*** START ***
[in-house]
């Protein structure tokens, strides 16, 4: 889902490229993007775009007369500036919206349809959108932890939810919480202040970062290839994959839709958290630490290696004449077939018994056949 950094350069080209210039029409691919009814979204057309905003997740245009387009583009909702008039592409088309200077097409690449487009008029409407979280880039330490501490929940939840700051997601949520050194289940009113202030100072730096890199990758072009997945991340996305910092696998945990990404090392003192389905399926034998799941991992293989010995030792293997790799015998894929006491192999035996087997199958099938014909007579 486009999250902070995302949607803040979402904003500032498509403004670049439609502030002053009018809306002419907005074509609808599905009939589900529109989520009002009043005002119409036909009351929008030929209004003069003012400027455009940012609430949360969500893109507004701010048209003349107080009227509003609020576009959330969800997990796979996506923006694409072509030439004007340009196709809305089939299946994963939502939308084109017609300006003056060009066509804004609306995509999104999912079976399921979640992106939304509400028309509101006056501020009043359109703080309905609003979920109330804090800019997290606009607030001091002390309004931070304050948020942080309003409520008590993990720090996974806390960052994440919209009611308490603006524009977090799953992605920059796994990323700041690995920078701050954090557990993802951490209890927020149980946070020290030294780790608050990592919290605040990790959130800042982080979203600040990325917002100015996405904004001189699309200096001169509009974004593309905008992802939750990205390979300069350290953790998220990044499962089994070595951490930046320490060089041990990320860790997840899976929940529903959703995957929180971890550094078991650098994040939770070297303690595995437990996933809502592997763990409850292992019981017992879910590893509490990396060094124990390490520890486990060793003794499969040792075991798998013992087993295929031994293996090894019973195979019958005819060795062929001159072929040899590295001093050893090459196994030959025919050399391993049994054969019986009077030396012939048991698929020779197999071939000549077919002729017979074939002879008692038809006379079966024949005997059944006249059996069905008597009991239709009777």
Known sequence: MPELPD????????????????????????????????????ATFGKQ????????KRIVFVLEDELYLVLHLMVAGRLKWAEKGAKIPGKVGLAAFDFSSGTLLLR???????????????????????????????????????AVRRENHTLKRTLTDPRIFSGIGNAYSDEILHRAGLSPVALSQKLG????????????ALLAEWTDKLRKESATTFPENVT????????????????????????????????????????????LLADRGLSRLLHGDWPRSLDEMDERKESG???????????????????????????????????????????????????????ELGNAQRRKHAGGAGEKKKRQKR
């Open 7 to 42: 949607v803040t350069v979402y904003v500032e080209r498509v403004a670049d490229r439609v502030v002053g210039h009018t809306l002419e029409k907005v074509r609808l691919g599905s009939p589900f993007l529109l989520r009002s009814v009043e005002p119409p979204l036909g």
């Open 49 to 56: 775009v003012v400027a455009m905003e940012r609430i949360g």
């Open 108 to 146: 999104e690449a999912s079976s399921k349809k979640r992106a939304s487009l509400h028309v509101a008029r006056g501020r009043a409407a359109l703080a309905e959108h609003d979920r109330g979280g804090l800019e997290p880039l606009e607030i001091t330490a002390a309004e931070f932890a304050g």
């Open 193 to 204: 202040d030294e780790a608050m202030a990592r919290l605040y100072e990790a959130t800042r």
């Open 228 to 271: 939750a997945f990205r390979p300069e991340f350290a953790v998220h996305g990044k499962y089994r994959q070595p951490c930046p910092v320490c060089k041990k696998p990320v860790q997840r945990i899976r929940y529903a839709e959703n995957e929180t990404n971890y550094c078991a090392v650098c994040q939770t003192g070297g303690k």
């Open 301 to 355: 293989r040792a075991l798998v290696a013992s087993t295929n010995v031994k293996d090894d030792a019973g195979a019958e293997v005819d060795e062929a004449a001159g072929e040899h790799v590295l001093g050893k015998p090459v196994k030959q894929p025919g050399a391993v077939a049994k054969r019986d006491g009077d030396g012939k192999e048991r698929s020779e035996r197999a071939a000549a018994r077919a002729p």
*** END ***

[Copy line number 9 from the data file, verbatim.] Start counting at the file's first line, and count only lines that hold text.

């Open 301 to 355: 293989r040792a075991l798998v290696a013992s087993t295929n010995v031994k293996d090894d030792a019973g195979a019958e293997v005819d060795e062929a004449a001159g072929e040899h790799v590295l001093g050893k015998p090459v196994k030959q894929p025919g050399a391993v077939a049994k054969r019986d006491g009077d030396g012939k192999e048991r698929s020779e035996r197999a071939a000549a018994r077919a002729p």